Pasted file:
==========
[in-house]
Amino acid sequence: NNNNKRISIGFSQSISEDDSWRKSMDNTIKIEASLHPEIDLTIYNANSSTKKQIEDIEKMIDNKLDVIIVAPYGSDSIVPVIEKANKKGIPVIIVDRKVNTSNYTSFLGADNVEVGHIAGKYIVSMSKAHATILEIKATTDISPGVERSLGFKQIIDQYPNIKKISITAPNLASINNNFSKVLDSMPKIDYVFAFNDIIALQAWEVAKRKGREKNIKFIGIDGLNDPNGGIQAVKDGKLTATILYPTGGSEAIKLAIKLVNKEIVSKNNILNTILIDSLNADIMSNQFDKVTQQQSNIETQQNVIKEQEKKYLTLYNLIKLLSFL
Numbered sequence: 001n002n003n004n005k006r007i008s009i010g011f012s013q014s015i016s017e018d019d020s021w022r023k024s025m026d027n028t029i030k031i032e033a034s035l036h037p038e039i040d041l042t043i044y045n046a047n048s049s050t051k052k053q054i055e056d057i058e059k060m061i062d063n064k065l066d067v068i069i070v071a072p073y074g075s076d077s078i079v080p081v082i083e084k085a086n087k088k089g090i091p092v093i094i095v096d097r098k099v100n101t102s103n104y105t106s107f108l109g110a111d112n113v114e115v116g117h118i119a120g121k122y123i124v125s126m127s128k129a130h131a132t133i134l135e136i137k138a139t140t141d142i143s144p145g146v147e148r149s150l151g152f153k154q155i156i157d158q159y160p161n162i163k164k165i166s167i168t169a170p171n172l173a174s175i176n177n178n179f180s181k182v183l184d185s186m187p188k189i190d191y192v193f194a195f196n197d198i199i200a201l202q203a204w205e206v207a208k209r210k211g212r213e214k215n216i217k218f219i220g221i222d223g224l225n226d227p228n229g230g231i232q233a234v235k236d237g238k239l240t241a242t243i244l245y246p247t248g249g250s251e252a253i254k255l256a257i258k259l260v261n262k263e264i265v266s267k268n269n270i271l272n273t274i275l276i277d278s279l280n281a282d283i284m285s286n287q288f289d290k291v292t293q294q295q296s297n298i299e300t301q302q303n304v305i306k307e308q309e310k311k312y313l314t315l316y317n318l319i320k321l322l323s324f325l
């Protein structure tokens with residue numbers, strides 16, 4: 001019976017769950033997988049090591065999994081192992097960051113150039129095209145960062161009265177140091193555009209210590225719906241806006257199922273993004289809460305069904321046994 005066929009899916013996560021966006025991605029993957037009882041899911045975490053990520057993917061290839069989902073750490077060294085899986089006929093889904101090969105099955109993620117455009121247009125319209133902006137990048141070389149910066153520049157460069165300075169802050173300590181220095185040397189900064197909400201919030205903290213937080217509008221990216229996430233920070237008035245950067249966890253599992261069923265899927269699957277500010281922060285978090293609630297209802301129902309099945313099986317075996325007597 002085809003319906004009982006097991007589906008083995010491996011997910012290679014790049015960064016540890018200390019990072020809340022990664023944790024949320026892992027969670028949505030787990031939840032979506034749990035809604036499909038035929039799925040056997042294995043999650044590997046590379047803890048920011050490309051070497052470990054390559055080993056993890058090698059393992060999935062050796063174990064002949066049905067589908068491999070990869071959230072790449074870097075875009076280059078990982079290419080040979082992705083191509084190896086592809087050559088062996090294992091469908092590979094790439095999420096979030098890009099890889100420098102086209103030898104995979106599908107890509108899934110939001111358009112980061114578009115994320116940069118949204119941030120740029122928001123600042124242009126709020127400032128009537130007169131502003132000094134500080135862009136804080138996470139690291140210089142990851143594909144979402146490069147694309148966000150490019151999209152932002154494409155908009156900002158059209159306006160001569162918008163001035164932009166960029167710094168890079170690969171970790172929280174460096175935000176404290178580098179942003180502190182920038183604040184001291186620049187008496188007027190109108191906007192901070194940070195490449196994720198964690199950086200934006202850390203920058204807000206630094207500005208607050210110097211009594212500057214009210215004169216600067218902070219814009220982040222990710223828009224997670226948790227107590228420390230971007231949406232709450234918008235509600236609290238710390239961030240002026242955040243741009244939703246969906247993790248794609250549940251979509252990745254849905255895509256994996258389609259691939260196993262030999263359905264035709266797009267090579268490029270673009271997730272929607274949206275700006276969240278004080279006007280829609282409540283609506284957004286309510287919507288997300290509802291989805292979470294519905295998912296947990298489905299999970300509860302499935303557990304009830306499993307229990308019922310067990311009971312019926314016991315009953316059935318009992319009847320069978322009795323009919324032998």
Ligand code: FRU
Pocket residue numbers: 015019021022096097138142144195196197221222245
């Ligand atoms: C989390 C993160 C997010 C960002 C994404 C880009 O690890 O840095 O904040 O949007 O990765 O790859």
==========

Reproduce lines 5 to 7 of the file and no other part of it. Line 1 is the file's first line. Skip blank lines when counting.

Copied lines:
Ligand code: FRU
Pocket residue numbers: 015019021022096097138142144195196197221222245
């Ligand atoms: C989390 C993160 C997010 C960002 C994404 C880009 O690890 O840095 O904040 O949007 O990765 O790859």